Certificate Enrollment Requires a Custom Protocol
When you request a certificate using the Certificate MMC snap-in or the certificate auto-enrollment mechanism, the request fails. Of course we assume here that the CA is started and you have sufficient permissions to request a certificate. This issue occurs because DCOM is required to acquire a certificate. However, for access rules a default "Enable strict RPC compliance" setting is configured on each RPC rule. With this setting in place, DCOM traffic is blocked.
To workaround this issue without using an access rule that allows all outbound protocols between the host requesting the certificate (the source) and the CA (the destination), you can apply the following steps:
- On the CA, configure the RPC application or DCOM endpoint to use a custom TCP protocol port as a static port.
- On the ISA, turn off the "Enable strict RPC compliance" setting on the RPC access rule.
- On the ISA, create the custom protocol for outbound use.
- On the ISA, create an access rule to allow the custom protocol between the required source and destination.
On the CA, configure the RPC application or DCOM endpoint to use a custom protocol port as a static port.
The CA is primarily implemented as a DCOM application. By default, DCOM uses high-numbered TCP ports to respond to client requests. With the DCOM Configuration MMC Snap-In, Certificate Services can be enforced to use a custom TCP port.
- While logged on to the issuing CA, from a command-line prompt, run the following command:
- In the left pane of the Component Services MMC Snap-In, expand Component Services, Computers, My Computer, and then DCOM Config.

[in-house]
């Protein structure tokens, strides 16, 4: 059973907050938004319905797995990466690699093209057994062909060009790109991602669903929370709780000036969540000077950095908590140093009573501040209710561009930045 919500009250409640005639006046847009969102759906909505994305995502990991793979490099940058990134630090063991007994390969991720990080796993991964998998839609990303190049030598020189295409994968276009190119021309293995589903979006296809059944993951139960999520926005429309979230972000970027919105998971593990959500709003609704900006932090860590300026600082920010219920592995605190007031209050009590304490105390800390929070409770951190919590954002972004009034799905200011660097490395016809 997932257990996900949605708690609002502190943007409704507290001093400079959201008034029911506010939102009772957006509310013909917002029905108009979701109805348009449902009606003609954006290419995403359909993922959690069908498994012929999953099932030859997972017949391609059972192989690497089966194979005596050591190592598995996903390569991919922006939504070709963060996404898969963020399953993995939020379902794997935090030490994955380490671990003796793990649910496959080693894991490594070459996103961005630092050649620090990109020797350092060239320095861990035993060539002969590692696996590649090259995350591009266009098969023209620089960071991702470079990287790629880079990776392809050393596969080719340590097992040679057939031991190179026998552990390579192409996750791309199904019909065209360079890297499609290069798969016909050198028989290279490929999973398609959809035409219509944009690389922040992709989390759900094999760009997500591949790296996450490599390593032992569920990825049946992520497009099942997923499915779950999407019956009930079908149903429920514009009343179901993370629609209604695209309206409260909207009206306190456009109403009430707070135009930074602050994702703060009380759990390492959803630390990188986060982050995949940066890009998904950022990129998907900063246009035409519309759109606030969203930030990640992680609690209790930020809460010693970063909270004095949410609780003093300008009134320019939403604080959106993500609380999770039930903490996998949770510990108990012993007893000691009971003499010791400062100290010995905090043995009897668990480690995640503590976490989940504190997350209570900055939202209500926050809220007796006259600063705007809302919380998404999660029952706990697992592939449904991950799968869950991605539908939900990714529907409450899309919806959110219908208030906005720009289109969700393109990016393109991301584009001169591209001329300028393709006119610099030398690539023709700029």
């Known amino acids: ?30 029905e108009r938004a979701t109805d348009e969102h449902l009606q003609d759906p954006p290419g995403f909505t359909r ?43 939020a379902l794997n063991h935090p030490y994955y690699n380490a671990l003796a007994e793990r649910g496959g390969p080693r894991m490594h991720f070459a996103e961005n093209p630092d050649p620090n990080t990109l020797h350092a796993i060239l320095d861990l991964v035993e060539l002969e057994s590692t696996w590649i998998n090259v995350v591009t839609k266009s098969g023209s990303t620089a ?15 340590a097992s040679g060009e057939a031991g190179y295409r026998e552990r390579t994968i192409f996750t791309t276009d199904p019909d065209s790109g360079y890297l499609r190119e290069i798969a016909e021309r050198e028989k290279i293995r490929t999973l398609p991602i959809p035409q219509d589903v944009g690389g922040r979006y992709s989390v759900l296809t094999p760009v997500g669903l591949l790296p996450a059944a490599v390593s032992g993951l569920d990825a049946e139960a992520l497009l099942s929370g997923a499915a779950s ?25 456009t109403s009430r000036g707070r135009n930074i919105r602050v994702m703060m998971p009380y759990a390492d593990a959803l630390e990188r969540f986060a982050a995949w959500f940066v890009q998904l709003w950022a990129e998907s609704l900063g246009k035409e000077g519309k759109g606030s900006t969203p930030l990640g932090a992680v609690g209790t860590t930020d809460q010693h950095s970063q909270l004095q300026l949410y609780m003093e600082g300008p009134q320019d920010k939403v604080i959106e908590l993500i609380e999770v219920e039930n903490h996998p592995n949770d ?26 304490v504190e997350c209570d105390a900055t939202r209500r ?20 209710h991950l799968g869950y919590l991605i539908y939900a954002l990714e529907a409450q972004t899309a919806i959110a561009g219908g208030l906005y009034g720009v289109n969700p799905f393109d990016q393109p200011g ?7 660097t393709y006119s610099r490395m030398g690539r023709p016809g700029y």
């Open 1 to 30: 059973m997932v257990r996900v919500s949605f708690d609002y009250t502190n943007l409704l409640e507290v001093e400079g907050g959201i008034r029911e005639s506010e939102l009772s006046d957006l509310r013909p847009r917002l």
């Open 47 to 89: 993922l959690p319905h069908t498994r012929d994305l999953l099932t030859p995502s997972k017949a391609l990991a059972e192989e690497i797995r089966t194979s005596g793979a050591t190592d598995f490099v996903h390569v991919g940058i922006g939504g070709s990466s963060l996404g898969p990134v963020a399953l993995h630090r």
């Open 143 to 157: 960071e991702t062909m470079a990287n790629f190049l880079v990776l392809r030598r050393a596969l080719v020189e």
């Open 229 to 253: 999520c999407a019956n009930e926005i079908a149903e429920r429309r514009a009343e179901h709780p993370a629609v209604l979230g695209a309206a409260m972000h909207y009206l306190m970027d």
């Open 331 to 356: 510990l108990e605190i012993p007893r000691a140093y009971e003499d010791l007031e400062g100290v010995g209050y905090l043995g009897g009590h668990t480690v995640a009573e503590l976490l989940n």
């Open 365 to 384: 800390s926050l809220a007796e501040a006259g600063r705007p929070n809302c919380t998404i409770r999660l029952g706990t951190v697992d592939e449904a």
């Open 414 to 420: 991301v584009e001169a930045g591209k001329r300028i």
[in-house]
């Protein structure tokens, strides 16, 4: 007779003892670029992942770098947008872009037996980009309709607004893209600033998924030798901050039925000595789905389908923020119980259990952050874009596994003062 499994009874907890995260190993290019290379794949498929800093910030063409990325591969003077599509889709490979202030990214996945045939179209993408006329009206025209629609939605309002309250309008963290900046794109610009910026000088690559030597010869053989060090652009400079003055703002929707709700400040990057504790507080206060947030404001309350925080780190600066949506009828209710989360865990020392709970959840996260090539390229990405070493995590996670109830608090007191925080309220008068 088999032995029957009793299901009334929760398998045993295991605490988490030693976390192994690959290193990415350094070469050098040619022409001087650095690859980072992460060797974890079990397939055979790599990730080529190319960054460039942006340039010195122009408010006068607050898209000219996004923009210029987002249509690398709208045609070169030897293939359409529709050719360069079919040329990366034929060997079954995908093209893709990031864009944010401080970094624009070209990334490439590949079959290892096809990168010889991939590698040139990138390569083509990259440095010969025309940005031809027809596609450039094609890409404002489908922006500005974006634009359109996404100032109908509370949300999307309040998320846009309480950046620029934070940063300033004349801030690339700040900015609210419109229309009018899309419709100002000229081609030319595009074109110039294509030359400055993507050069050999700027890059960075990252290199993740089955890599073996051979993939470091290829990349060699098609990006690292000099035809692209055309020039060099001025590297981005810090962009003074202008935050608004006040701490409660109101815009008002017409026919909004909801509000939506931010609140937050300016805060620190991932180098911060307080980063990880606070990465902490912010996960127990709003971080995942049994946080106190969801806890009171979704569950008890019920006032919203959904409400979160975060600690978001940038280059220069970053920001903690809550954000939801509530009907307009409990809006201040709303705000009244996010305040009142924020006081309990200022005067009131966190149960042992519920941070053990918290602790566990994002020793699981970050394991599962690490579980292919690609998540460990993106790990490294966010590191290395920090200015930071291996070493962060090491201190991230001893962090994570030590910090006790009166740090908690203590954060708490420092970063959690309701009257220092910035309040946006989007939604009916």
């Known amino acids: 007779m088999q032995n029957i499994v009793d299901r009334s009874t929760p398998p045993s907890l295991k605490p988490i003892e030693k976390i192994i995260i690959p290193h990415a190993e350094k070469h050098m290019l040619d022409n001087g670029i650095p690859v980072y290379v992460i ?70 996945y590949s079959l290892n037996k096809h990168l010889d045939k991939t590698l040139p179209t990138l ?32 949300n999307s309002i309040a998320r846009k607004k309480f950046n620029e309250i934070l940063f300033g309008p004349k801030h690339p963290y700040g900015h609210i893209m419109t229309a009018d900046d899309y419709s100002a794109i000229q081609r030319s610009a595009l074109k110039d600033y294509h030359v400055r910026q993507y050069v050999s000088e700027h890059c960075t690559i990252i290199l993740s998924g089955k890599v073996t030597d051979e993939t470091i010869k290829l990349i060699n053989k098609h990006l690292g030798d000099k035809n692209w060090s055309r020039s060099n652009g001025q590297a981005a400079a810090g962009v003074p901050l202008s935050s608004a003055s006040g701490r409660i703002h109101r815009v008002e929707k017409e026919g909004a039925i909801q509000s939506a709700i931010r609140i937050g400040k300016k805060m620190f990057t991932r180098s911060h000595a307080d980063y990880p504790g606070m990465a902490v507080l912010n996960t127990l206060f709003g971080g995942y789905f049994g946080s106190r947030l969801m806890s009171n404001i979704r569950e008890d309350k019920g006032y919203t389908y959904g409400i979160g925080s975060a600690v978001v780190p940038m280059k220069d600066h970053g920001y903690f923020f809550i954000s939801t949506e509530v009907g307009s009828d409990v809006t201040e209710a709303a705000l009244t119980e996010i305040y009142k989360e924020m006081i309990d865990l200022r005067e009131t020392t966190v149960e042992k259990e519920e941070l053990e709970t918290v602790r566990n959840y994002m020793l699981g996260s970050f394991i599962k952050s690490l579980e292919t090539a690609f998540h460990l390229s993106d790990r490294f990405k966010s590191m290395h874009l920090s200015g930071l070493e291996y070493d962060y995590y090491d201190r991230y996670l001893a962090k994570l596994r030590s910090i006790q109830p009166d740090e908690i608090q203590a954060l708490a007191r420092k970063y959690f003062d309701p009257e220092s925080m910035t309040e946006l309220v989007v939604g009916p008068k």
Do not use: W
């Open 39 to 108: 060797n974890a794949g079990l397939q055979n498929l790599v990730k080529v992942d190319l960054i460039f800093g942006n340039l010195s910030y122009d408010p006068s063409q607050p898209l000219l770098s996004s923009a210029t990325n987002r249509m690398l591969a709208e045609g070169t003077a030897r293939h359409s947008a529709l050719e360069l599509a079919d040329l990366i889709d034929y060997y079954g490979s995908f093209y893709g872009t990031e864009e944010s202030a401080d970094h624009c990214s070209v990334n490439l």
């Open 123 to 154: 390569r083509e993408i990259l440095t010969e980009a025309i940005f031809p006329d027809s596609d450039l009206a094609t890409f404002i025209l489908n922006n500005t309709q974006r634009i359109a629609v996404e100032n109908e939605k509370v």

- In the right pane, select CertSrv Request.
- On the Action menu, click Properties.
- On the Endpoints tab, click Add.
- Select Use static endpoint, enter an unused TCP port number, for example 789 (my choice), and then click OK twice.
- Close the MMC Snap-In.
- Restart the certification authority service through the MMC Snap-In or by the following commands:
net stop certsvc & net start certsvc
To undo this change at a later stage, remove the added entry from the list of endpoints.
On the ISA, turn off the "Enable strict RPC compliance" setting on the RPC access rule.
If ISA Server is requesting the certificate, disable the "Enforce strict RPC compliance setting" on the system policy rule.
- To do this, on the Firewall Policy tab of ISA Server Management, click Edit System Policy on the Tasks tab.
- Select the Active Directory group in the Configuration Groups list.
- On the General tab, clear the Enforce strict RPC compliance checkbox.
If a host is requesting the certificate from another network through ISA Server, do the following: in the Firewall Policy tab of ISA Server Management, right-click the access rule allowing the traffic, and then click Configure RPC protocol. On the Protocol tab, clear the Enforce strict RPC compliance checkbox.
On the ISA, create the custom protocol for outbound use.
I assume everybody is able to accomplish this task 😉
My choice was to use TCP port 789 outbound for the CertSrv Request protocol definition.
On the ISA, create an access rule to allow the custom protocol between the required source and destination.
Again, I don't think that creating an access rule requires much explanation. The important thing to note is that if ISA Server is requesting the certificate, the rule must apply to all users. Obviously the source is Local Host in this case and the destination can be further restricted to only the computer object representing the CA.
For publishing rules ISA Server blocks DCOM traffic, and as far as I know this setting cannot be modified. Therefore, if a host is requesting the certificate from another network through ISA Server, you must have a route relationship between the required source and destination, and create the appropriate access rule.
For more information, check out the following resources:
- RPC Filter and "Enable strict RPC compliance"
- Configuring and Troubleshooting Windows 2000 and Windows Server 2003 Certificate Services Web Enrollment